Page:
Taryn Toomey

Taryn Toomey, wellness expert and founder of The Class, shot by Jaimie Baird for Savoir


What are the short-term cognitive benefits of improving our sleep at this time?

In the short term, we all know the consequences of insufficient all too well. After a night of short sleep, we become more irritable, anxious, and prone to negative moods. We also dramatically underperform in our working lives in several ways. First, we demonstrate more ‘presenteeism’. This refers to the fact that you may show up to work but accomplish very little. Such you may have been better off not going to work at all. Second, we are more likely to make risky decisions. Third, our creativity suffers. We are much less able to develop creative solutions to complex problems when sleep deprived.


What are the long-term cognitive benefits of improving our sleep?

There is a rich and growing evidence base to show that sleep is critical for our brain health. In a longitudinal study, we examined sleep among older adults and monitored them and their risk for Alzheimer’s disease and dementia over time. Our results found that those getting insufficient (less than 6 hours) were at a 2-fold greater risk for incident dementia in the following years. At the very cellular level, research has explained why this may be. Specifically, that research demonstrates that toxic build-up in the brain, simply a byproduct of our waking activity – learning things, making decisions, meeting new people – comes to a screeching halt at night. In addition, the pathways that excrete toxins from the brain expand at night. Therefore, providing our brains with enough time for sleep may be critical for maintaining a healthy brain now and into our older years.


Can you share some strategies for managing disturbed sleep?

If you are struggling with poor quality or disturbed sleep, here are a few suggestions.

First, good sleep starts as soon as we wake up. What we do during the day matters for our sleep at night. During the day, monitor your caffeine consumption. You do not want to have more than 2 cups of coffee or doses of caffeine any later than 2 pm if you want to fall asleep between 10 or 11 pm. Make time for exercise. Those who exercise regularly get better sleep. Manage your stress. Stress is all around us, but it’s the way we react to stressful experiences that determine if it will negatively affect our lives. Consider starting a brief mindfulness practice in the afternoon to ease tension and stress.

Second, nutrition is linked with our sleep. Ideally, you want to have a hearty breakfast and lunch and a lighter dinner. A dinner that is too heavy or consumed too close to bedtime can interfere with our ability to fall asleep. Endeavour to have your last meal at least 2 hours before bed. Then, transition to soothing herbal tea.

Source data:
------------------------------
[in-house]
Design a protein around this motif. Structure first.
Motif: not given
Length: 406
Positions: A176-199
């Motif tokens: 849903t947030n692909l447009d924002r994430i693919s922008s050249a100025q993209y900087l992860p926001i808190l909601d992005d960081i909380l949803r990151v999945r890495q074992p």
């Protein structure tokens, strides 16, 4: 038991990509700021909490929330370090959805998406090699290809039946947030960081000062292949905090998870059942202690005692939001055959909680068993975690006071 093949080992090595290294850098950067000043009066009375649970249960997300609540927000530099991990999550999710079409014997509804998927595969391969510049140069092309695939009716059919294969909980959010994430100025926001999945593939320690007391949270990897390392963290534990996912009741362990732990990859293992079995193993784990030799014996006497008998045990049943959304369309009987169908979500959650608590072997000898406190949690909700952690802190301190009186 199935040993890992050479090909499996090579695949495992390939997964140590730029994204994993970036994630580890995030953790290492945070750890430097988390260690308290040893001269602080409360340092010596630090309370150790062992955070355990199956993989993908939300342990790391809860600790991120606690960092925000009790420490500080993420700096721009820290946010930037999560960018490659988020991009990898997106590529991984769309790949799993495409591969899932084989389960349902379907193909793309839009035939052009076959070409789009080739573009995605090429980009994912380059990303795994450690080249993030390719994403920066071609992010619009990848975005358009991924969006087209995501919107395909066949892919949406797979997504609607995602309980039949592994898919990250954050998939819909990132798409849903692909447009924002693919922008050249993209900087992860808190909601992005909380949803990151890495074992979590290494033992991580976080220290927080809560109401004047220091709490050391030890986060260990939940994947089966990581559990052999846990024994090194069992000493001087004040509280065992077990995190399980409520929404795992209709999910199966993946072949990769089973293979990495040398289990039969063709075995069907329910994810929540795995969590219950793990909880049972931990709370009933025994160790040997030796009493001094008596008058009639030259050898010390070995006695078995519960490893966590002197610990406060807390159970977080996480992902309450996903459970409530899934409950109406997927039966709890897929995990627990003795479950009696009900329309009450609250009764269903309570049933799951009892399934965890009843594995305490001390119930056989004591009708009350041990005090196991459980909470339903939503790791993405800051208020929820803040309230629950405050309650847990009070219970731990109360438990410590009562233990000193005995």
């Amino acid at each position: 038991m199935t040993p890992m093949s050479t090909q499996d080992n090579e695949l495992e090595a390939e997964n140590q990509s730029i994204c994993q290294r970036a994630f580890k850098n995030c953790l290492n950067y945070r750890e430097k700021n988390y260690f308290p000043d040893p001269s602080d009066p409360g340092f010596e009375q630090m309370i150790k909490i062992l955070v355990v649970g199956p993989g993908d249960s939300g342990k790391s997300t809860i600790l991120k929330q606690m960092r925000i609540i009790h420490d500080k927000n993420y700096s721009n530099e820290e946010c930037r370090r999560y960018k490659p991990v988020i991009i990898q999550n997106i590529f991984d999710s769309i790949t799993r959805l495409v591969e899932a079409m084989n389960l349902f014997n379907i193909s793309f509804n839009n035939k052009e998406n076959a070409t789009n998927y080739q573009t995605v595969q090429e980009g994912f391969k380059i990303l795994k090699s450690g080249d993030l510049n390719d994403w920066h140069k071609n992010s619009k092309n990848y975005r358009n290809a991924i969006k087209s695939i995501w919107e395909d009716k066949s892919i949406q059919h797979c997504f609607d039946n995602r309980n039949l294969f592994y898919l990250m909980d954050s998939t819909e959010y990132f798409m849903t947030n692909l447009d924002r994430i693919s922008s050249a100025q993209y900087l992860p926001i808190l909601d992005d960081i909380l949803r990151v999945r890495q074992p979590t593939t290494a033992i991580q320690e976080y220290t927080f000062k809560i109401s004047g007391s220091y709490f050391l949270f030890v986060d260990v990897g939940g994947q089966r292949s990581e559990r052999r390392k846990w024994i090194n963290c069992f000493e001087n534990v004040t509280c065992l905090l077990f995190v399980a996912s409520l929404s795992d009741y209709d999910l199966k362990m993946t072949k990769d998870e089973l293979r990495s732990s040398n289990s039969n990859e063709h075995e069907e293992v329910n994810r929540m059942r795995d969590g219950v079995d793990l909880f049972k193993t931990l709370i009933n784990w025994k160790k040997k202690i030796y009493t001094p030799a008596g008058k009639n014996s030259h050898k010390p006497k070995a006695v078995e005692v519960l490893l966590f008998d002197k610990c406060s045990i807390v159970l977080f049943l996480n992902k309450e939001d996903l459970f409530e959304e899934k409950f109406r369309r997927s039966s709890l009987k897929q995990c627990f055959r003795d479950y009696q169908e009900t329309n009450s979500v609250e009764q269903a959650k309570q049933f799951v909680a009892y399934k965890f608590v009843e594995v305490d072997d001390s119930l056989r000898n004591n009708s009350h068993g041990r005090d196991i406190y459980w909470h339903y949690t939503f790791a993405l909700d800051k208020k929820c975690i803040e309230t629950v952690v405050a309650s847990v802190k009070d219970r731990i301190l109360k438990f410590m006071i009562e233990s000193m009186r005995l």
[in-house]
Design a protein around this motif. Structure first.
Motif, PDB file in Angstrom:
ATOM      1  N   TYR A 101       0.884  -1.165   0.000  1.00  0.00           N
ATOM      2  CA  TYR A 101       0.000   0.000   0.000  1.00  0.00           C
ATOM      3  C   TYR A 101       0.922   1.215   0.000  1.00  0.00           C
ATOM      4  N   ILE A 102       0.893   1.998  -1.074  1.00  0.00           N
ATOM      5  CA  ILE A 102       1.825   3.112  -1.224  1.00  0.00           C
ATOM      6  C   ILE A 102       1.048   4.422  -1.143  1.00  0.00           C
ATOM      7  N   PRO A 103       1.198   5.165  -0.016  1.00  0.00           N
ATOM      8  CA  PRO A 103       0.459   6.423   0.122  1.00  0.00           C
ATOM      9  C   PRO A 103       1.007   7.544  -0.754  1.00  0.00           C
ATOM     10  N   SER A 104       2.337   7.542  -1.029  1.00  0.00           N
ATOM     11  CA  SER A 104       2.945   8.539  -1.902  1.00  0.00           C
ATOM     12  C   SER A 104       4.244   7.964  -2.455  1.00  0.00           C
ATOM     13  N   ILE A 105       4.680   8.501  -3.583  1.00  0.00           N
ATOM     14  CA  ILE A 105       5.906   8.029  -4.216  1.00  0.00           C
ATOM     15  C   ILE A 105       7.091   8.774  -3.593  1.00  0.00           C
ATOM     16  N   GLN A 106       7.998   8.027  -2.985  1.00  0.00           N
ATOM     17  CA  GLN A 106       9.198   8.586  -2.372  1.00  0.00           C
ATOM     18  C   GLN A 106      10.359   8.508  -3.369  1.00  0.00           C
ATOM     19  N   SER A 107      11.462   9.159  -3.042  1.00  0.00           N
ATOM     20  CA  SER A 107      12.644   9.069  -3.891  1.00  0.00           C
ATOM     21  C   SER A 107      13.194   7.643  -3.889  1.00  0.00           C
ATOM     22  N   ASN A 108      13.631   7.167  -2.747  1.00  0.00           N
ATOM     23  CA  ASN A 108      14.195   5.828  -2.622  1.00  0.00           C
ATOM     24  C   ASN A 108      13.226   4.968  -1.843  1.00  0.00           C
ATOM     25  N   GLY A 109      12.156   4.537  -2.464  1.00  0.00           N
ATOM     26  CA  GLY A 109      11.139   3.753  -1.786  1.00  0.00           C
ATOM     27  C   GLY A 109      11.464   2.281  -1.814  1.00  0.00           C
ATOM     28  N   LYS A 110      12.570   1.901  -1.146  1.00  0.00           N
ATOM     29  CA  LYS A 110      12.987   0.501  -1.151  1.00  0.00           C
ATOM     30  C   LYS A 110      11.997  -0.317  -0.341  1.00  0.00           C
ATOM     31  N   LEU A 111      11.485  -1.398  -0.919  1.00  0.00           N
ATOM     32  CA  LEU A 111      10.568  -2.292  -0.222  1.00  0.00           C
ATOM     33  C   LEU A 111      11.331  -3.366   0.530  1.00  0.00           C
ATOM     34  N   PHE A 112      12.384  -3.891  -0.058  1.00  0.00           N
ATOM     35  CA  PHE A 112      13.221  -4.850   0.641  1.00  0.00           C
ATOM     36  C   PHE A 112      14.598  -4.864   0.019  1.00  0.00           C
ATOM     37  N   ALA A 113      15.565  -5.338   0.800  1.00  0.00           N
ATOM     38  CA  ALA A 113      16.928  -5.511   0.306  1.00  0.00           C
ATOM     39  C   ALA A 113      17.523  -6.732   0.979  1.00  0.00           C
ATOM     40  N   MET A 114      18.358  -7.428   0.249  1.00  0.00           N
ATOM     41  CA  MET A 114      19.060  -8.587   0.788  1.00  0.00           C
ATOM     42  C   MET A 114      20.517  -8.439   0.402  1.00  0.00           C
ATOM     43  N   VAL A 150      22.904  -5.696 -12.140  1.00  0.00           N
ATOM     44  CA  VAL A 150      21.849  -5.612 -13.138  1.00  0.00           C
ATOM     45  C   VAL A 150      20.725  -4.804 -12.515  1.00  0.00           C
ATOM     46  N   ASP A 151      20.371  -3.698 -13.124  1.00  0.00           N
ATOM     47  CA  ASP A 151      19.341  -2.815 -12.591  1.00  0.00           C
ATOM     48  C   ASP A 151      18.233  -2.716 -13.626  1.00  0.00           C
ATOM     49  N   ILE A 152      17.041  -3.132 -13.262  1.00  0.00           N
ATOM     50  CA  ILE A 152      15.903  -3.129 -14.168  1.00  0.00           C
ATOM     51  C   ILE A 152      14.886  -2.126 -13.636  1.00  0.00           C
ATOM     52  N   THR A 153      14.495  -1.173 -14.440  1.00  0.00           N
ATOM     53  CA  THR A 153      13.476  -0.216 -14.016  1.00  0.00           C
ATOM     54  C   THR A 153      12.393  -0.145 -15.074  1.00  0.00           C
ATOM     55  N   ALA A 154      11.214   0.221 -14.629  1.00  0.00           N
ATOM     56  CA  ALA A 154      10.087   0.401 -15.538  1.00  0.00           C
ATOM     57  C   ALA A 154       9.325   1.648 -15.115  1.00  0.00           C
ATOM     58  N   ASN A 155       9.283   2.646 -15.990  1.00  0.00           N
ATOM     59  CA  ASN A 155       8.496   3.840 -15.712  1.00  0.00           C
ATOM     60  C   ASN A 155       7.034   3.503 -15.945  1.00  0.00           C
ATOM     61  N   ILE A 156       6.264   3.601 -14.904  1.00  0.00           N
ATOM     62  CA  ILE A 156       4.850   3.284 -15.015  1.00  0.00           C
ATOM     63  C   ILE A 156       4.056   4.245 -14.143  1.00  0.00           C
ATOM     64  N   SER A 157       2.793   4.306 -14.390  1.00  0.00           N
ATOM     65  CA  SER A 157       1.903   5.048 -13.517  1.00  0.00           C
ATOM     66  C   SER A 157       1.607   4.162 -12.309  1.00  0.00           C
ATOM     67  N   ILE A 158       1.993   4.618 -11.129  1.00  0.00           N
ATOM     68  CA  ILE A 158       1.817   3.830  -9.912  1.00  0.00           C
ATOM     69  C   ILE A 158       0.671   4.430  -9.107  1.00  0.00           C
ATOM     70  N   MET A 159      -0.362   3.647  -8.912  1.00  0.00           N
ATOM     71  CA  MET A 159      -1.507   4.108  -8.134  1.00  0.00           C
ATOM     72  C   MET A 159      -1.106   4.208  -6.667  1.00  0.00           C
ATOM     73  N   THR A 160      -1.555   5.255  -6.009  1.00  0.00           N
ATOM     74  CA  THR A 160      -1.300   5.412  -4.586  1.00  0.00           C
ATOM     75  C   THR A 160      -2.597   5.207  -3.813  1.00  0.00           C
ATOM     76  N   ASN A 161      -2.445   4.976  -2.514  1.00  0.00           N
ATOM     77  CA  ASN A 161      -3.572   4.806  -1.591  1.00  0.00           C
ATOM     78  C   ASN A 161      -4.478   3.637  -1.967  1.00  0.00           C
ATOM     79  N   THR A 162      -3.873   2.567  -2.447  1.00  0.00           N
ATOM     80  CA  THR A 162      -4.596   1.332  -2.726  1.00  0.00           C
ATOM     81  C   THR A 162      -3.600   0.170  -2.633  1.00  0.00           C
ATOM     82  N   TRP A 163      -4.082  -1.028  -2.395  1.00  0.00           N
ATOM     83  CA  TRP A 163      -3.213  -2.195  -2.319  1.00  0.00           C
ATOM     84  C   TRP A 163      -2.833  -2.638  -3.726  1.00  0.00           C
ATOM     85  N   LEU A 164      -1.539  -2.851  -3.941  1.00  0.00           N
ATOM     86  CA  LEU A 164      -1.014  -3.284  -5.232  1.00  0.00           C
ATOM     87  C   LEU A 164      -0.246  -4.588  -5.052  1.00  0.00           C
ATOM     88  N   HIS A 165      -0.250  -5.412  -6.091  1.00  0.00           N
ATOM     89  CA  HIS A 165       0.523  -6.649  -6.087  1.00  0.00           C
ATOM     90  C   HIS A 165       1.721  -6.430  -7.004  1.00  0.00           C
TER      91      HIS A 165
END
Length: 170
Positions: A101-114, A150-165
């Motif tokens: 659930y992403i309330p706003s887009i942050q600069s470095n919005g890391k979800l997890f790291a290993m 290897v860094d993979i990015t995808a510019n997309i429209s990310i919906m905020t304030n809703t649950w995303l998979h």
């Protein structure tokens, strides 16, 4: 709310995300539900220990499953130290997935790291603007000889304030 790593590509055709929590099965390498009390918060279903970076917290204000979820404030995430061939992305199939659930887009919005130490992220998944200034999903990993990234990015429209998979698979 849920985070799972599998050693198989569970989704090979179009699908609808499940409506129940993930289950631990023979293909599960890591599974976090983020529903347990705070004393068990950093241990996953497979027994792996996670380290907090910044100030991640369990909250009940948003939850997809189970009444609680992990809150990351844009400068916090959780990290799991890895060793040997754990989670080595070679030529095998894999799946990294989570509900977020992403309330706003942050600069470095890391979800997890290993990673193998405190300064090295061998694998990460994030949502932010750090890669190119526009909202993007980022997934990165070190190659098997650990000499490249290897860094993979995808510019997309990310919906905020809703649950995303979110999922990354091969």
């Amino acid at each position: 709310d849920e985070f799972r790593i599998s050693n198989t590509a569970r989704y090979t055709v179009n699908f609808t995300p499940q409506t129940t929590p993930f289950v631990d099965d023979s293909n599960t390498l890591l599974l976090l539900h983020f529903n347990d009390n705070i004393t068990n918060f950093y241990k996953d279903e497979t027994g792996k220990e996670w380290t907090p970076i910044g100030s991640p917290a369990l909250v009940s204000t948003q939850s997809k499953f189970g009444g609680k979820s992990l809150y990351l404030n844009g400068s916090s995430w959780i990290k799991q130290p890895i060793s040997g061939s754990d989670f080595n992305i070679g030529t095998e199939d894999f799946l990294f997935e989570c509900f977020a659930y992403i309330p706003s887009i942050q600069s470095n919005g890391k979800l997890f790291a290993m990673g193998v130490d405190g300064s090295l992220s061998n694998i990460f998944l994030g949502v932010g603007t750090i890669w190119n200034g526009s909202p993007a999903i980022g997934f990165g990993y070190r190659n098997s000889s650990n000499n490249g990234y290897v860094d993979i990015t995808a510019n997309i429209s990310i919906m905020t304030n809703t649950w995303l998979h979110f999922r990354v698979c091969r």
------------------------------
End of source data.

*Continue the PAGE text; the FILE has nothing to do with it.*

Third, the bedroom environment is vital for our good quality rest. Ensure that you have a mattress that is supportive of your head, neck, and spinal column at night. The mattress is of course the foundation of our good sleep. An unsupportive mattress, or a mattress that retains heat, will limit the quality of your sleep. Also, ensure your curtains can close and your bedroom can be completely dark when you are attempting to sleep. Whereas bright light wakes us up, darkness is what allows the sleep-inducing hormone melatonin to secrete in the brain.

Savoir No 2 bed

From the science of healthy sleep, staying in bed and wishing for sleep to come is one of the biggest mistakes many of us make.


What if you can’t get to sleep?

If you find yourself tossing and turning, get out of bed! Staying in bed and wishing for sleep to come is one of the biggest mistakes many of us make. If you struggle to fall asleep and continue to stay in bed and toss and turn, you are conditioning yourself to look at the bedroom as a very stressful place. The key is to get out of bed, change your environment and return to bed only when you are tired. This will allow you to slip off to sleep faster than if you had stayed in bed.


How can we improve our sleep quality?

If you want to improve the quality of your sleep, you should be mindful of the amount of caffeine you consume in a typical day, the timing of your meals, and your exercise. It is also about maintaining a good sleep schedule, falling asleep at the same time, and waking up as close to the same time. Do this Monday to Monday if possible – including the weekends! If you keep a consistent sleep schedule and do not vary more than one hour, you will find yourself slipping off to sleep faster than ever before.

Find out more about Dr Rebecca Robbins and join us on our journey, as we explore the impact of a good night’s rest.